I’m not the only one who’s asked this question out loud, but alas: Does Mitt Romney even want to be President?
If you weren’t watching the Emmys last night, perhaps you caught this light bright snappy answer from Candidate Romney on 60 Minutes in response to a question regarding access to health care for all Americans:
“Well, we do provide care for people who don’t have insurance,” he said in an interview with Scott Pelley of CBS’s “60 Minutes” that aired Sunday night. “If someone has a heart attack, they don’t sit in their apartment and die. We pick them up in an ambulance, and take them to the hospital, and give them care. And different states have different ways of providing for that care.
*raises eyebrow* Oh, word Willard?
Here’s my problem with this answer (and well, most of his answers on hard domestic & international policy questions) they’re all so thoughtless. At this point in the game, in the last stretch of campaigning, Romney hasn’t revealed that he has any depth or command of knowledge of anything. He hasn’t revealed an iota of intellectual curiosity or problem solving that is required to govern. I recall another billionaire and public servant noting the tremendous expense to taxpayers when the uninsured sole source of health care is reliant on overstretched clinics and emergency rooms. As Terkel and Stein point out, Romney statement last night is a departure from his position on health care in his book No Apology:
Under federal law, hospitals had to stabilize and treat people who arrived at their emergency rooms with acute conditions. And our state’s hospitals were offering even more assistance than the federal government required. That meant that someone was already paying for the cost of treating people who didn’t have health insurance. If we could get our hands on that money, and therefore redirect it to help the uninsured buy insurance instead and obtain treatment in the way that the vast majority of individuals did — before acute conditions developed — the cost of insuring everyone in the state might not be as expensive as I had feared.
It’s oddly un-conservative a position to say that emergency room care for the uninsured is the solution for states only, a countersolution to the affordable care act. I mean, fiscally irresponsibly oddly un-conservative a statement and disingenuous.
While we’re all still digesting the multiple layers of the not at all a gaffe, but deep philosophical belief of the 47% remarks, I’m still looping on his assessment of the two state solution:
On the other hand, I got a call from a former secretary of state. I won’t mention which one it was, but this individual said to me, you know, I think there’s a prospect for a settlement between the Palestinians and the Israelis after the Palestinian elections. I said, “Really?” And, you know, his answer was, “Yes, I think there’s some prospect.” And I didn’t delve into it.
“And I didn’t delve into that”?? Really? If the undecided voter still straddles the line on who they should vote for, let me add my modest proposal: would you want a candidate that is unwilling to explore complex issues that could lead to a peaceful world? That would limit our military engagement in ensuring a peaceful world? Romney’s ‘I didn’t delve into it’ answer tells me that I can’t trust him to listen to all sides and make sound decisions if he’s not the least bit curious as to why a formal state official believes that there is a middle ground towards peace between Israelis and Palestinians. It tells me that I can’t trust him to take an unpopular position in other scenarios that could ultimately lead to the greater good. It tells me that Romney doesn’t really care about the role of being leader in so much as it is a birthright and resume builder. He talks like CEO or figurehead who believes that the Office of the Presidency is his birthright. I find myself in total agreement with Roxane Gay’s observation, “What truly drives Romney’s campaign is not that he believes in America or that he wants to make the country a better place. Instead, he believes in himself to such an extent he also believes he is entitled to be the President of the United States simply because he is Mitt Romney, a captain of industry, a great white hope.”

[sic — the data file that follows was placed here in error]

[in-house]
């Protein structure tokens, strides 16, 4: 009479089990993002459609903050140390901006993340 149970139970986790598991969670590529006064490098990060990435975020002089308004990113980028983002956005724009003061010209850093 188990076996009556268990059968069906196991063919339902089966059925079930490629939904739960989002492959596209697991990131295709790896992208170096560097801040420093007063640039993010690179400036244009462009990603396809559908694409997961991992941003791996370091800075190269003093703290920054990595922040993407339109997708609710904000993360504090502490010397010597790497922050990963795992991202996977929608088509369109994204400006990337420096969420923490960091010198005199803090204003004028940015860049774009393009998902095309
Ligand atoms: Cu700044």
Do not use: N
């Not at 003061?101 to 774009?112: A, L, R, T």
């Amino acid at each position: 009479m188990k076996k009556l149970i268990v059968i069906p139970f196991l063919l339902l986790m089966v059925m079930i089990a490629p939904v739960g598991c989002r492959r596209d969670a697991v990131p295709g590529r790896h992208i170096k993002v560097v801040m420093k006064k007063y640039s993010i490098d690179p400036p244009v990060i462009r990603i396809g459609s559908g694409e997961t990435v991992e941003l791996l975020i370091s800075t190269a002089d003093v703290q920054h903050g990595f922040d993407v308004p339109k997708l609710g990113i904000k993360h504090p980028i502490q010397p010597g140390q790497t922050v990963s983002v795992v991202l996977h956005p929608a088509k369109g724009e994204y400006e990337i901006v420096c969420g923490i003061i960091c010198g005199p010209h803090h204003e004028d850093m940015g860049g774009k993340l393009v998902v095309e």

Leslie Savon noted last week in the Nation a conclusion I’ve been slowly coming to:
Every time Romney gets an opportunity to reset the narrative of the election, he makes some psychologically revealing mistake. Giving Clint Eastwood his spotlight, rattling a rubber saber over a tweet from the US embassy in Cairo while it was under attack, writing off half of all American voters as moochers—you only have to tilt your head to see each of these “gaffes” as a cry for help. And Republicans themselves are grumbling about Romney’s skimpy schedule of public events, where real voters might take his measure and enthusiasm for a ground campaign could be generated.
“There’s not really a campaign here,” one Republican close to GOP fundraisers complained to Real Clear Politics. “He’s getting ready for the debates, and he’s out fundraising. You’ve got enough money!” Lindsey Graham and Peggy Noonan have also bemoaned his semi-AWOL schedule.
I’d submit that selecting Paul Ryan as your running mate is more than a cry for help, a departure from his moderate roots to most accept the most cynical outlook of winning votes from the fractured GOP base. Romney wants to win a campaign, but he doesn’t want govern. Beyond the ‘gaffes’, the unfunny jokes, the tone deaf spoken word singing of America, The Beautiful, Romney lacks the passion of someone who wants to change the world.